I picked up Switch by Astrid Knowles because it’s in that BDSM-novel genre of power dynamic romance that I have enjoyed picking up recently, because I zoom through them and sometimes they’re kind of fun and mostly I can ignore the problematic gender/power alignment assumptions. This one had a curious class premise—that the dominant the narrator meets and falls for is homeless and jobless at the beginning of the book—but other than that, it was pretty fluffy and not very memorable. I ran into a quote from this book about switching, which is what turned me on to it in the first place, but I might have put the book down before I got to the switching part, or just didn’t notice it. The writing is less than average, so I often skimmed through chapters.
Um okay so that’s all I have to say about that.
One more sidenote: I decided at the beginning of March that I would do my best to NOT read online, and to read books instead. It was interesting—it took a lot of discipline, and I noticed how many times, over and over, I clicked through to an article on social media or via email. I didn’t realize how much I was reading online every day, and how many of those articles had so much throw-away content—not things that were actually enriching my life, or teaching me things, but more sensationalized what’s happening in the world things. So that practice has helped me both focus on work more when I’m at the computer and read more books, which has been excellent. I aim to continue that habit.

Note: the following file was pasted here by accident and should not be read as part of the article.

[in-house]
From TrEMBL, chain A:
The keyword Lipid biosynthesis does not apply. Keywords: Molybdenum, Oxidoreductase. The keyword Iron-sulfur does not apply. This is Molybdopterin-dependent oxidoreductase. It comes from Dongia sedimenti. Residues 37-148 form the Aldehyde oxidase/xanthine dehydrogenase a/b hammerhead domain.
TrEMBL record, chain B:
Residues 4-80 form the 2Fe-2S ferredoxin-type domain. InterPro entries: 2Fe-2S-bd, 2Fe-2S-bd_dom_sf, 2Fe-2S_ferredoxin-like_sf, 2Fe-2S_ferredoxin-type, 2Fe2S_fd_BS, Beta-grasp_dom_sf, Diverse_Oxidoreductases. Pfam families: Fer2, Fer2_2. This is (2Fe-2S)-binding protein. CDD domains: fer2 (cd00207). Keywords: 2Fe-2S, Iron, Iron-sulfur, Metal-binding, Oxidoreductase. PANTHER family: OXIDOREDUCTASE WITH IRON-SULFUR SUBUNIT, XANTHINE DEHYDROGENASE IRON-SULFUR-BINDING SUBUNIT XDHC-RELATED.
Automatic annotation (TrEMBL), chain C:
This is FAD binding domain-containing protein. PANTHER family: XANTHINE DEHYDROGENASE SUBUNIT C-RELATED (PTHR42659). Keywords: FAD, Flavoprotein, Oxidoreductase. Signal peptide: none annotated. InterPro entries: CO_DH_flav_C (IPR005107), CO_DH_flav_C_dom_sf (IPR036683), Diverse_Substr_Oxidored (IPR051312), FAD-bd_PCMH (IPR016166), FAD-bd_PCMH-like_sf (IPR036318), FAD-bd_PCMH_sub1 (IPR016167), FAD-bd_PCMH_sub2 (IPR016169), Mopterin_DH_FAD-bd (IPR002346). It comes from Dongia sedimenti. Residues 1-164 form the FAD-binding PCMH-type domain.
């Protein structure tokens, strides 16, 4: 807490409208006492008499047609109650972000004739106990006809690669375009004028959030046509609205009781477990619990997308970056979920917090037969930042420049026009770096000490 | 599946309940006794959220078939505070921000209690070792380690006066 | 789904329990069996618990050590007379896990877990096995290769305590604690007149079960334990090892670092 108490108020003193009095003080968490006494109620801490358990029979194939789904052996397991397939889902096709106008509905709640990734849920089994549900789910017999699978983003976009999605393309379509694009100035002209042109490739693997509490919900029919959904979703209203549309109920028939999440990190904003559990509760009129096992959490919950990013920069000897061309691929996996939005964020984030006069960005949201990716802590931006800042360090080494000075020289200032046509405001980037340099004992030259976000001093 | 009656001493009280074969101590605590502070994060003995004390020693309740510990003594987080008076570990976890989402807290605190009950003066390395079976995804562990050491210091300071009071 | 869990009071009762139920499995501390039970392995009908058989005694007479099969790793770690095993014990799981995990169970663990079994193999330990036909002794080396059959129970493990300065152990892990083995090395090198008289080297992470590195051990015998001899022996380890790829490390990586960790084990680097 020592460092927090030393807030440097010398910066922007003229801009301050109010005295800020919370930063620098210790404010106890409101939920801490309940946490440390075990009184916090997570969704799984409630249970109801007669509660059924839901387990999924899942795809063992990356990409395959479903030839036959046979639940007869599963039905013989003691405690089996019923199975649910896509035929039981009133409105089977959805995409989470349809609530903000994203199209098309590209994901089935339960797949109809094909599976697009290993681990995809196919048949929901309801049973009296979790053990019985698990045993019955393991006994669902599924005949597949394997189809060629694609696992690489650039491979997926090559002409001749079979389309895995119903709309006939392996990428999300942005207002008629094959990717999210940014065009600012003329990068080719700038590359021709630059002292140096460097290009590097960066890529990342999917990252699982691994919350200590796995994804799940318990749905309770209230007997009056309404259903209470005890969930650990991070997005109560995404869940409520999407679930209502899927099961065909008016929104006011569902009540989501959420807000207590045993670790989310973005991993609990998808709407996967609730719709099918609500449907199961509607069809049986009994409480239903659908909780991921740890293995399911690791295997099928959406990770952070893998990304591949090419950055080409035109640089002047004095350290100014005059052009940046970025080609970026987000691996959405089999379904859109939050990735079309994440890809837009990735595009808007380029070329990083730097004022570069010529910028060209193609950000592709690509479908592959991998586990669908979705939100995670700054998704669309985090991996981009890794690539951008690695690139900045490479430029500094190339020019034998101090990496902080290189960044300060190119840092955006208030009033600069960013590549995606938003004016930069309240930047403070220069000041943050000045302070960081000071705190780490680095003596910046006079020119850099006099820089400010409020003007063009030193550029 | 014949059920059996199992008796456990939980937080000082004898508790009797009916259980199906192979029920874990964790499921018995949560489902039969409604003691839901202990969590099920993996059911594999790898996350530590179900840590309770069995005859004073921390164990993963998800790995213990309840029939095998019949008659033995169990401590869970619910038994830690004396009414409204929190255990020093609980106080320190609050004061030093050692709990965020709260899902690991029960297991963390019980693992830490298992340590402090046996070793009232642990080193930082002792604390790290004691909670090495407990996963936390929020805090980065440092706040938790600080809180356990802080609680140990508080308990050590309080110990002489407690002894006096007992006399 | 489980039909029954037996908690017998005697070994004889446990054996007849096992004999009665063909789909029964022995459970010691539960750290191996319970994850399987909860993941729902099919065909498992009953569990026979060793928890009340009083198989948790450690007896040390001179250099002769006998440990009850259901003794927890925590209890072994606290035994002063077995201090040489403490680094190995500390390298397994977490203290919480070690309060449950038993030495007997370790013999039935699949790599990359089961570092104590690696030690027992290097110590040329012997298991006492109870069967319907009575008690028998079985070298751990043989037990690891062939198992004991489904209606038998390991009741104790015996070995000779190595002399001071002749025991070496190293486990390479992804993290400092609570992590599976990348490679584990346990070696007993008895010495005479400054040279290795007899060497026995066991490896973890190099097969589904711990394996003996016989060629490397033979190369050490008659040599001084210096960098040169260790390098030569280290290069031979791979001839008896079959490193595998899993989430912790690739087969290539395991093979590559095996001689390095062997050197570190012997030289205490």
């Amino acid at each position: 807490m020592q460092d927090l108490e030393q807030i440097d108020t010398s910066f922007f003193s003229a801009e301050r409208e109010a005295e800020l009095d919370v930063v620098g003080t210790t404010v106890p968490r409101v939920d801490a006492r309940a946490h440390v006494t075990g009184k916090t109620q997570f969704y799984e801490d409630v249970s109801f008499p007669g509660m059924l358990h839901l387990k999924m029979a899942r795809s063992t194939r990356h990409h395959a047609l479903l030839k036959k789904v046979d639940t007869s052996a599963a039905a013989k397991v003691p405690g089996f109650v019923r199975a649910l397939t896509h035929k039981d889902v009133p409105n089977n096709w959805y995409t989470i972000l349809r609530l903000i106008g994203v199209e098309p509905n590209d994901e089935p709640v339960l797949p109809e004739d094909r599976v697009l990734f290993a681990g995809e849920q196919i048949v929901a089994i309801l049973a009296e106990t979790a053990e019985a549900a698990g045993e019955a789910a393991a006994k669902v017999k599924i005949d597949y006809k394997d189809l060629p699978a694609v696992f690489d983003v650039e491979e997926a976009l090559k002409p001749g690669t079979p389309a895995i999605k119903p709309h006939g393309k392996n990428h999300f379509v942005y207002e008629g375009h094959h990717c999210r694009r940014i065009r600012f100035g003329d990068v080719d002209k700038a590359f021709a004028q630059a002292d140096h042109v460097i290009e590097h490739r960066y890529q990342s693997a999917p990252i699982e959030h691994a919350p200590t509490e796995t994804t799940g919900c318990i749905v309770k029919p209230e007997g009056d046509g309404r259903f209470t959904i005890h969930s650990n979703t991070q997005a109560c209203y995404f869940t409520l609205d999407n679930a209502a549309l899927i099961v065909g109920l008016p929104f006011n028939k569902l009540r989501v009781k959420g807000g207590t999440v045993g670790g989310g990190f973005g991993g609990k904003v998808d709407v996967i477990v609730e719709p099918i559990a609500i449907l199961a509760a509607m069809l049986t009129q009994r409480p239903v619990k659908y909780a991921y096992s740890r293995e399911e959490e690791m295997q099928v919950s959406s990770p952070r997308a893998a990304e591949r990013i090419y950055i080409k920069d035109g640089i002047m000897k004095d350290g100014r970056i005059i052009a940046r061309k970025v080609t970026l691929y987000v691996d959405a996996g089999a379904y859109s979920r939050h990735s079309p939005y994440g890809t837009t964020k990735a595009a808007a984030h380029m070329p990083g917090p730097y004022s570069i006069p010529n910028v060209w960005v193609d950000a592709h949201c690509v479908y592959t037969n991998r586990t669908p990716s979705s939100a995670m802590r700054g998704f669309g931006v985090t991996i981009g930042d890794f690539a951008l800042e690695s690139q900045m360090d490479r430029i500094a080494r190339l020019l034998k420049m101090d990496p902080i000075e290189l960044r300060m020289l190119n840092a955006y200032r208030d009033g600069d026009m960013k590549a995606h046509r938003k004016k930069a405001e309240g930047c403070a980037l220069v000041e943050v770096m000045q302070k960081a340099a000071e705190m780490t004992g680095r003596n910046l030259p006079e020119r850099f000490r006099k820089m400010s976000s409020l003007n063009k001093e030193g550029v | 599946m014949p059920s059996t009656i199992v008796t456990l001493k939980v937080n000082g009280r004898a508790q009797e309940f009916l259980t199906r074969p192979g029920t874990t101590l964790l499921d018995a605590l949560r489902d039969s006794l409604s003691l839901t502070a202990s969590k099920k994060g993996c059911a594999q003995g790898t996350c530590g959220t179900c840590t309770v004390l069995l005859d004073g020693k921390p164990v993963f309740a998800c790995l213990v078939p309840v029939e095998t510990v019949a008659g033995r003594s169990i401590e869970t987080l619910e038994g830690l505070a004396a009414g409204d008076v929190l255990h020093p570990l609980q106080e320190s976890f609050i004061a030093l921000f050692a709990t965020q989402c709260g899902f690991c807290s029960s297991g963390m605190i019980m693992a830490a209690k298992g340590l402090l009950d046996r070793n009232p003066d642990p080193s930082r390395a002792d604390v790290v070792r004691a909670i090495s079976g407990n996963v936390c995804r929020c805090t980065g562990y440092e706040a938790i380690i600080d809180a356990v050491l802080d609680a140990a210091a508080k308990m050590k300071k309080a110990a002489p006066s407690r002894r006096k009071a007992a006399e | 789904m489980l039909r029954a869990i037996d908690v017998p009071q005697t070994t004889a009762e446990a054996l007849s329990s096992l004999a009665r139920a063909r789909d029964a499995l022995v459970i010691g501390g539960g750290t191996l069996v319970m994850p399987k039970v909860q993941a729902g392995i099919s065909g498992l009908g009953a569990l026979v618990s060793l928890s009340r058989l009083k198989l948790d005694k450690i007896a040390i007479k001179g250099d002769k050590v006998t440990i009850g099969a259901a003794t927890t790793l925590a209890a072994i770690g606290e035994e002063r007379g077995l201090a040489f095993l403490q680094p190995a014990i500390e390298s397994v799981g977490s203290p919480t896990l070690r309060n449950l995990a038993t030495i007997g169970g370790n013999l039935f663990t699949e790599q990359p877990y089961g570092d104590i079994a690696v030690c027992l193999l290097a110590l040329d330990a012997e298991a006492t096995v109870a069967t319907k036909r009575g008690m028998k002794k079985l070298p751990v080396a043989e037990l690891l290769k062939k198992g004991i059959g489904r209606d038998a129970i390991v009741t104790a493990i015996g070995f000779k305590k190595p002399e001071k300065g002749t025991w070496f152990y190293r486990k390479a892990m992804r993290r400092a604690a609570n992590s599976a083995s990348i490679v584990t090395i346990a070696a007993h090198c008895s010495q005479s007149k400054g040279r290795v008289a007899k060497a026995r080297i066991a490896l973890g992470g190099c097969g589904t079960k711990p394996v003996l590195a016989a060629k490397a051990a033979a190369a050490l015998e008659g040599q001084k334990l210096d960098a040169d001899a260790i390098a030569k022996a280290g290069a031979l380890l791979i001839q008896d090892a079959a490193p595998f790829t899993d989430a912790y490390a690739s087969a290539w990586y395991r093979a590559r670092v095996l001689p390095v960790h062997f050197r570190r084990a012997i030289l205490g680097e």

You can support my reading habit, and encourage me to read and write book roundups like this one, by buying me gifts through my Amazon wish list! (Did I mention it’s my birthday today?)
Or, check out more books that I recommend:
What have you been reading lately? Any recommendations?
I’m obligated by the blogger’s code to let you know that the Sex Position Coloring Book, Daddy by Madison Young, The Big Book of Sex Toys, Lesbian Sex Positions, and Partners in Passion were all sent to me by the respective publishers as review books. My opinions on those books are solely my own, however, and they did not pay me or influence me in any way to write them. Pick up these books at your local independent bookstore, or, if you must, on Amazon.
Can you believe it’s the last day of February? I know there are literally fewer days in this month, but it always seems to zoom by, more than other months. Maybe it’s the beginnings of spring coming back and my eagerness for more spring. Fall is my favorite, really, but that baby-green color that the brand new leaves are? And the first signs—the magnolias, the crocuses, the daffodils? I love that so much.
Aside from it being a quick month, I traveled a lot. Which meant I did have some good time on airplanes and transit to read, but that I was usually using it for other things (like going over my notes for workshops). I’m learning that I can’t really multi-task effectively when I travel. I tend to think of the verb “to travel” as something I do in the background, and other things happen at the same time, but really when “I am traveling,” that’s sometimes all I can actively do.
(I know touring artists have said this kind of thing all the time, but it’s still interesting to discover for myself.)
So, this month, I read: